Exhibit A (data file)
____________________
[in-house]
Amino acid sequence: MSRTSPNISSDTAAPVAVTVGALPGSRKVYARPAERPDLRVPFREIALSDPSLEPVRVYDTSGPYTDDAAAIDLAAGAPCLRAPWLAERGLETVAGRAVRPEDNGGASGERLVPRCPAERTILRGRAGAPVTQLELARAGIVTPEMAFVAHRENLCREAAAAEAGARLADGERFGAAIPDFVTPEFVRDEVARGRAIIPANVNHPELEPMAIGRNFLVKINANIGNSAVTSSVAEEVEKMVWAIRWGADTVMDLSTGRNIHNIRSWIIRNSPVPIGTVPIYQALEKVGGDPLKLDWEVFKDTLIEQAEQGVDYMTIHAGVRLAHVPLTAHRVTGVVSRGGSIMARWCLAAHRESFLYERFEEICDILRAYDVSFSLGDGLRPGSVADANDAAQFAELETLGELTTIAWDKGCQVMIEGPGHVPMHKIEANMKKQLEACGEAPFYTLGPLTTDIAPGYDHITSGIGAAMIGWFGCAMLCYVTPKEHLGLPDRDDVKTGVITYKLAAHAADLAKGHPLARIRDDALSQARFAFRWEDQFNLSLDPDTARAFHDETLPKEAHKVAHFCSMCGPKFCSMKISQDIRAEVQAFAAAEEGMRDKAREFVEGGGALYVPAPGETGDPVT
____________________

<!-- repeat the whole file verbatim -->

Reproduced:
[in-house]
Amino acid sequence: MSRTSPNISSDTAAPVAVTVGALPGSRKVYARPAERPDLRVPFREIALSDPSLEPVRVYDTSGPYTDDAAAIDLAAGAPCLRAPWLAERGLETVAGRAVRPEDNGGASGERLVPRCPAERTILRGRAGAPVTQLELARAGIVTPEMAFVAHRENLCREAAAAEAGARLADGERFGAAIPDFVTPEFVRDEVARGRAIIPANVNHPELEPMAIGRNFLVKINANIGNSAVTSSVAEEVEKMVWAIRWGADTVMDLSTGRNIHNIRSWIIRNSPVPIGTVPIYQALEKVGGDPLKLDWEVFKDTLIEQAEQGVDYMTIHAGVRLAHVPLTAHRVTGVVSRGGSIMARWCLAAHRESFLYERFEEICDILRAYDVSFSLGDGLRPGSVADANDAAQFAELETLGELTTIAWDKGCQVMIEGPGHVPMHKIEANMKKQLEACGEAPFYTLGPLTTDIAPGYDHITSGIGAAMIGWFGCAMLCYVTPKEHLGLPDRDDVKTGVITYKLAAHAADLAKGHPLARIRDDALSQARFAFRWEDQFNLSLDPDTARAFHDETLPKEAHKVAHFCSMCGPKFCSMKISQDIRAEVQAFAAAEEGMRDKAREFVEGGGALYVPAPGETGDPVT